At least four people have died in the United States since Sunday (29) due to the impacts of Hurricane Ida, which, losing strength, turned into a tropical storm and struck the southeast of the country, notably the states of Louisiana and Mississippi. More than a million Americans are without electricity.
On Monday evening, two people died and ten were injured after torrential rains caused a collapse of a Mississippi highway. In Louisiana, a man drowned while trying to maneuver his car in New Orleans, and another died after a tree fell in Prairieville.
Entergy, the Louisiana power company, said it “would take days to determine the extent of damage to the power grid and much longer to restore power transmission in the area.”
Power shortages and, in some places, lack of water are cause for concern for the heatwave approaching Louisiana and Mississippi on Tuesday, according to an alert from the National Weather Service.
President Joe Biden has approved the Louisiana State Federal Disaster Declaration Request and Mississippi Emergency Declaration Request, making it easier to send federal assistance to complement the state’s efforts. “We knew Hurricane Ida had the potential to do massive damage and that’s exactly what we saw,” the Democrat said in a statement Monday.
More than 3,600 Federal Emergency Management Agency (FEMA) employees have been dispatched to the hardest-hit areas, along with 3.4 million meals, millions of gallons of water and nearly 200 generators, said the White House in a statement Monday. .
“The biggest concern is that we are still doing search and rescue and we have people in Southeast Louisiana who are in difficult places,” said State Governor John Bel. Edwards at NBC.
Still counting the damage left by Ida, some parts of the United States believe that the infrastructure built after the devastating passage of Hurricane Katrina 16 years ago has proven to be effective. The phenomenon has killed more than 1,800 people.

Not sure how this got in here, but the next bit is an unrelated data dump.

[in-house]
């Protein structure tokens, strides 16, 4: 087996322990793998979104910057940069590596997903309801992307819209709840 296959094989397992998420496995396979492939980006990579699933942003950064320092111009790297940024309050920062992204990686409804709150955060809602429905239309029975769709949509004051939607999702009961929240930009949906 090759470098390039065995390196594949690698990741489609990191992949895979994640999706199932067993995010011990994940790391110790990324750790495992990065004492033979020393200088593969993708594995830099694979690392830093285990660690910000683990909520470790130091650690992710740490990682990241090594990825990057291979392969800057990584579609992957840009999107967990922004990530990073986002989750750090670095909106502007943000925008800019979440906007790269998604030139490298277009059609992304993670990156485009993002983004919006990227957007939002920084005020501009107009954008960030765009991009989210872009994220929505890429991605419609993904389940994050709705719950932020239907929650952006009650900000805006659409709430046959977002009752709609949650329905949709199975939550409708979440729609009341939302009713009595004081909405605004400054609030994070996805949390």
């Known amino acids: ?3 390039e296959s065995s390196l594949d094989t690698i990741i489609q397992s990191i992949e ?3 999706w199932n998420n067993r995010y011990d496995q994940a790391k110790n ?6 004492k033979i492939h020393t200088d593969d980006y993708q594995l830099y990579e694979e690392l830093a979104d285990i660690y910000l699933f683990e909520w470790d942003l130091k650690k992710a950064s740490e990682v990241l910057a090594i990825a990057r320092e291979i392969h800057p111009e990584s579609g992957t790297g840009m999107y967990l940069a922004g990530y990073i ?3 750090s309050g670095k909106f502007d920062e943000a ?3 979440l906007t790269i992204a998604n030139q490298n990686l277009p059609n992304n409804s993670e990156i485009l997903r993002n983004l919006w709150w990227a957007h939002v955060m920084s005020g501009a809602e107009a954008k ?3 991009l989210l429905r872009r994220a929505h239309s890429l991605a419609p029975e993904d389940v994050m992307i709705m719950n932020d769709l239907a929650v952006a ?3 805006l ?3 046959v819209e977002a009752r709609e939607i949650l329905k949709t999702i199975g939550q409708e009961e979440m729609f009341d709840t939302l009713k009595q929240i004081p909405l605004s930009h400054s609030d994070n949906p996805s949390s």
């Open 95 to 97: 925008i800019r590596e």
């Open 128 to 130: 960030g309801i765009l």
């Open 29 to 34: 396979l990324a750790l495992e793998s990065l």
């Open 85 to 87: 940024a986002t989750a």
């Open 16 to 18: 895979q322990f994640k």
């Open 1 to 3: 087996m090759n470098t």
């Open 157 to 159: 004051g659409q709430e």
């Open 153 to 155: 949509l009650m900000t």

In New Orleans, the dike system planned with around $ 15 billion managed to stop some of the advancing water and remained standing, preventing the area from being inundated. “The dollars of state and federal partners invested in our dike system have not been wasted. However, we need to fix our broken power grid,” Mayor LaToya Cantrell wrote on a social network.
Now downgraded to a tropical depression, the Ida is heading towards Tennessee and Massachusetts in the coming days. Counties in Tennessee are under flood alert, which means conditions are favorable for flooding, including in an area of the state that is still recovering from record rainfall caused by Tropical Storm Fred.
Today, the consensus in the American scientific community is growing that the rapid intensification of the hurricane is rooted in climate change. “We know that hurricanes generally intensify more quickly,” Katharine Hayhoe, chief scientist at Nature Conservancy, an organization related to biodiversity conservation, told CNN. “They’re bigger and stronger than they would be otherwise, they’re associated with a lot more precipitation, and rising sea levels make the storm surge worse.”